Do you remember the outstanding and incredibly large hardware MIDI sequencer GRIDI which we reported on back in 2015? Created by Yuvi Gerstein it flipped the recent trend in step sequencers being more compact and portable (like Arturia’s BeatStep Pro, Novation Launchpad, Maschine, Ableton Push, Polyend SEQ and Squarp Pyramid) on its head.
Somehow bigger means better especially for those willing to co-create and collaborate.
You can watch the exclusive new music video, Money, by Choke who used GRIDI making the track!
We also spoke with the band about the track and their use of GRIDI. But first here’s a little info to remind you about GRIDI itself:
GRIDI is developing into a stand alone installation for museums and festivals, as well as a creative tool for musicians.
Yuvi recently finished developing a new and improved version (GRIDI 2.0), with onboard controls, sound packs and the ability to play without the need for an external computer. Everything runs off Arduino and a Wav shield. He also added a "ball-less" feature, which could be great for DJs. The idea is that you won't have to use the balls - instead, you could press the buttons as a toggle switch to build your composition faster. Maybe it's less physical and educational, but it has more options for the advanced user.
Yuvi and co are building more GRIDI units, in smaller sizes which could be used by live performers worldwide to enhance their creativity and to visualize the music for their audiences.
Choke is a band Yuvi really likes and they were a perfect fit for the challenge, as they work with beats and controllers in their live setup already. They took some time to build the session together and work out what would be the best way to perform the song. In terms of compromises they only had an issue with the chorus, in which they had to use one ball to trigger a sequence of keys, so as you can see in the video, one green ball triggers a whole sequence and it changes on the next iteration to another line for a different sequence. The band were really into it and felt like they were playing a collaborative game, so it was a lot of fun to shoot.
AskAudio: What attracted you to GRIDI?
Choke: We all have an unexplained passion towards controllers with LEDs. Choke was actually started as a solo project that was entirely played on DJ Tech Tools MIDI Fighters. When we first saw the GRIDI on YouTube it felt like a dream. A gigantic MIDI controller? Of course we want to try it!
Tell us about your setup for playing Money using GRIDI...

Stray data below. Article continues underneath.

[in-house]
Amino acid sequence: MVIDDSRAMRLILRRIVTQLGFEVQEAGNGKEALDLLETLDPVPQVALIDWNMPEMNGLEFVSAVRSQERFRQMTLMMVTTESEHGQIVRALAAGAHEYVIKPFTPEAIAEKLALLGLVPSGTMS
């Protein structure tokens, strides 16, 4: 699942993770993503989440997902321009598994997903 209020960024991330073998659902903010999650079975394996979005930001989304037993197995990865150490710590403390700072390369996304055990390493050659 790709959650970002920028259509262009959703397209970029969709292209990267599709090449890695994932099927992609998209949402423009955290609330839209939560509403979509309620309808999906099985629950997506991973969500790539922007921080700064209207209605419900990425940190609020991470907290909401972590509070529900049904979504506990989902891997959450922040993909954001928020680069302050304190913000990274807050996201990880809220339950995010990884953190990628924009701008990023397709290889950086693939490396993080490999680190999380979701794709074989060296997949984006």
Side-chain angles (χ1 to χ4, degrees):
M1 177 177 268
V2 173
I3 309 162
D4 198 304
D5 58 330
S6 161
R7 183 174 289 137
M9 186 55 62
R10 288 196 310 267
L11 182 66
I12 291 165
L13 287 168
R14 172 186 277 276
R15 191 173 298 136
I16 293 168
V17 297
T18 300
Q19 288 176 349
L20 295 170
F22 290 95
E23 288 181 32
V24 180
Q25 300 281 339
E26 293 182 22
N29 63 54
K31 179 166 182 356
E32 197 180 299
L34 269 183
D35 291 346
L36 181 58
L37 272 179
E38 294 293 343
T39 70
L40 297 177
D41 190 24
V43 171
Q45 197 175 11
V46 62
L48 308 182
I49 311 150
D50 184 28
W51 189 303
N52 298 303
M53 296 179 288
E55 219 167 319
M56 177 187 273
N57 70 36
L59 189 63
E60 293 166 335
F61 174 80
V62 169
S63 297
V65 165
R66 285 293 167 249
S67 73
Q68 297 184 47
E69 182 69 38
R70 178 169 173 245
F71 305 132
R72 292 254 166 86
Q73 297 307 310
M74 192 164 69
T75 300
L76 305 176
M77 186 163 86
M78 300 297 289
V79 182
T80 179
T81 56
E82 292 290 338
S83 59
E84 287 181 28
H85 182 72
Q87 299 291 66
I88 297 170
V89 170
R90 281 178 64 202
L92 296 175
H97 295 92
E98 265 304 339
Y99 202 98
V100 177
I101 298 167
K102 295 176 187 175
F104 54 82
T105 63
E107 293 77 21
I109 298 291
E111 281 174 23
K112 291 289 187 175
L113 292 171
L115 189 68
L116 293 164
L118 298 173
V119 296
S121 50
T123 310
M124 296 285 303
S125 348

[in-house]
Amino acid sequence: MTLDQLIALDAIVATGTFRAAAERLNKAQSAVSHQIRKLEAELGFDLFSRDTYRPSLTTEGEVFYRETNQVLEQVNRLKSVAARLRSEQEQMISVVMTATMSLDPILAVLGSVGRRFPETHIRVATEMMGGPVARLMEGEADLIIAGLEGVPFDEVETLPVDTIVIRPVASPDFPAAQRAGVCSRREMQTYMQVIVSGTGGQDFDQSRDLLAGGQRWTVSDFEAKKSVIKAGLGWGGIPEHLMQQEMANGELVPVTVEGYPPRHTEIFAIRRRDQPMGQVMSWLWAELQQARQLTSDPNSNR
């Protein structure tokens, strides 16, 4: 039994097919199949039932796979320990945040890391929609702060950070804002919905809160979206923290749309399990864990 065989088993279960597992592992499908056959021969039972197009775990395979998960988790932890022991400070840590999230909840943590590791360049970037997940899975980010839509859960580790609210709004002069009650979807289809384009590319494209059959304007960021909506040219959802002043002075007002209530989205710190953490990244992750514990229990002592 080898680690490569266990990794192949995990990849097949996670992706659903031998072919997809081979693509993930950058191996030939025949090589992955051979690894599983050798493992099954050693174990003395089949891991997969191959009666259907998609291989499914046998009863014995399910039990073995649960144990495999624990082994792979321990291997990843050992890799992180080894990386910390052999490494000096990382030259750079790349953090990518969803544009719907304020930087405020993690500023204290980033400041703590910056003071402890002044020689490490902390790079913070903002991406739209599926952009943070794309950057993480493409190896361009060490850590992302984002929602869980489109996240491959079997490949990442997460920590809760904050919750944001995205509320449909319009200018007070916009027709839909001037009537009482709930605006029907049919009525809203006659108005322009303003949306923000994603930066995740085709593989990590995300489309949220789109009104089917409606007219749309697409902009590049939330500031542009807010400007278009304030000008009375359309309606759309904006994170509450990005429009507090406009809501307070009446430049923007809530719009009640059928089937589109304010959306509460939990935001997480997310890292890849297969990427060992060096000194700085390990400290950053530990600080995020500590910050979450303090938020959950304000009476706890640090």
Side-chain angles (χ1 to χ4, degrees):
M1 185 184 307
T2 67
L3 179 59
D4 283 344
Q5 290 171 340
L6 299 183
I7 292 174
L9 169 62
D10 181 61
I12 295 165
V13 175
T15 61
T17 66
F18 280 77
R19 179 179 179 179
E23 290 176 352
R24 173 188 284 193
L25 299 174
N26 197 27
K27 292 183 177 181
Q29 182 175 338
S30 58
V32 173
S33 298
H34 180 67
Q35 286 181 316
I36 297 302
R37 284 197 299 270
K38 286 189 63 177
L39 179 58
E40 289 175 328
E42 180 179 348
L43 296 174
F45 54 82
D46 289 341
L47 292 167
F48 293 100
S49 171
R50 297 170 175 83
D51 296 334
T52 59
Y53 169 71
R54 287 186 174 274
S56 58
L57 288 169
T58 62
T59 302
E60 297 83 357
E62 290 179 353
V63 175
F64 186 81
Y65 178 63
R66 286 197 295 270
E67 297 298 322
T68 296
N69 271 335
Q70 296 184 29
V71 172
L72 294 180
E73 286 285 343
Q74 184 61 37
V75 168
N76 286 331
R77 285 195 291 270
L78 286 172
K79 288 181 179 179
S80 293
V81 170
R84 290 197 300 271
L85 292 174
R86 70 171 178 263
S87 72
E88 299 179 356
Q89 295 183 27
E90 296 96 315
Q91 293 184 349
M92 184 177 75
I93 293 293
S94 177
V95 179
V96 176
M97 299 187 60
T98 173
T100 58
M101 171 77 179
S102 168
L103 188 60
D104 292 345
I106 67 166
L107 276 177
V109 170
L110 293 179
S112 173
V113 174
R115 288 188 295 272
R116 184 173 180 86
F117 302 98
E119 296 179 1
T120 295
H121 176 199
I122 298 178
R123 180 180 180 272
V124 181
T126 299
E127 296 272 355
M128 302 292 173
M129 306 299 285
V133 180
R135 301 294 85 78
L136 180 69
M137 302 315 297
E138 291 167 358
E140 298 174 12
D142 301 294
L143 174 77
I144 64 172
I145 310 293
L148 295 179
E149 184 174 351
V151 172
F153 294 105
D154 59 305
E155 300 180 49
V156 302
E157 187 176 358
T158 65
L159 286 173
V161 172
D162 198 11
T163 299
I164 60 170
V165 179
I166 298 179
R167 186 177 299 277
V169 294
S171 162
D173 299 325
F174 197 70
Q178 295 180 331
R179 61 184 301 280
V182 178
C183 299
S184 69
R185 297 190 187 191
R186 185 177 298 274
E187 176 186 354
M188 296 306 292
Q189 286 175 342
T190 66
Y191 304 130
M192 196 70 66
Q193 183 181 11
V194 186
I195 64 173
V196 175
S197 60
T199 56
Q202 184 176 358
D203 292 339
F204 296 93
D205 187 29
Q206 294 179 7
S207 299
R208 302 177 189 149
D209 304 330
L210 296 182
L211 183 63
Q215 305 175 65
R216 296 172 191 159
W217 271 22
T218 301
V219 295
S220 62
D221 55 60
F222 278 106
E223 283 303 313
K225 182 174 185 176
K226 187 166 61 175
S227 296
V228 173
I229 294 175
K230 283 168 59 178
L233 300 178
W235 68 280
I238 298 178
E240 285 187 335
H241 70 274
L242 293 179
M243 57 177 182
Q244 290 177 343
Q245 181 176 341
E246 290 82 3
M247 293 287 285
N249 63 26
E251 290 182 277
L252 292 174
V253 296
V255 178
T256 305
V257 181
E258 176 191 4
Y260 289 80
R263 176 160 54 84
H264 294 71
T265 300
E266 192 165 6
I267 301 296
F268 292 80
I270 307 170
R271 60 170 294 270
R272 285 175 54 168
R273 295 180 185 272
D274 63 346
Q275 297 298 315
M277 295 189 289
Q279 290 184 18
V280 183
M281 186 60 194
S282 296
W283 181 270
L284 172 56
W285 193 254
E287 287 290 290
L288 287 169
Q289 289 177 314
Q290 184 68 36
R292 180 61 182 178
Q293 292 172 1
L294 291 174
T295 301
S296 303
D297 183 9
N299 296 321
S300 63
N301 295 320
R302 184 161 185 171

Money is actually a song from our upcoming album 'Beat Orchestra'. Most of our songs and beats have a more laid-back vibe. Money is the only track that fits a grid. The GRIDI was connected to our Macbook with a simple USB cable. In Ableton we created a single Drum Rack with all the samples. Some of the HiHats are enhanced with an arpeggiator to get that trap sound.
What are the main challenges for transferring a project to the world's largest sequencer?
The GRIDI is a very rare piece of equipment. We had to make sure that everything was ready before we even interacted with it. One of the biggest challenges was deciding how to divide GRIDI's 16 steps. What is the note length of each step? 1/16? 1/8? We decided to go with 1/16 because the song's beat demands it. Another challenge was actually playing the song and remaining consistent about its original parts and form. We usually play as a group of four but this time we had help from GRIDI's maker Yuvi and from Ronen. Those four hands sure helped a lot.
And what were the benefits?
It was pure fun! We were all amazed and surprised when we first started to play. It was the first time an existing song was played on the GRIDI. Playing the GRIDI is not an easy task. Sometimes we forgot to trigger a sample or triggered an extra sample. Those things made the track more exciting and surprising.
How does playing GRIDI influence the collaborative approach within the band?
GRIDI means lots of team play. We all had to be very patient with each other while finding the right rhythm and beat. The whole process took six takes. Take six was the best take because we all shouted at each other, reminding ourselves to switch parts. Each and every one of us had a role and we all had to truly focus.
Do you foresee being able to collaborate with audience members to remix a song on the fly using GRIDI?
That depends. I believe that anyone can create and remix a song on GRIDI. You have to be patient though. Not all of the samples interact nicely with one another. Jamming with the 'Money' samples could really lead to something interesting.
Band: Choke Beat Orchestra
Lyrics: Jenny Penkin
Music by: Adi Rotem, Omer Luz, Roy Yarom, Jenny Penkin
GRIDI created by Yuvi Gerstein.
Performed by: Chokebeat Orchestra & Yuvi Gerstein & Ronen Peri
Mixed and Mastered by: Adi Rotem
Video credit: Aviad Fuchs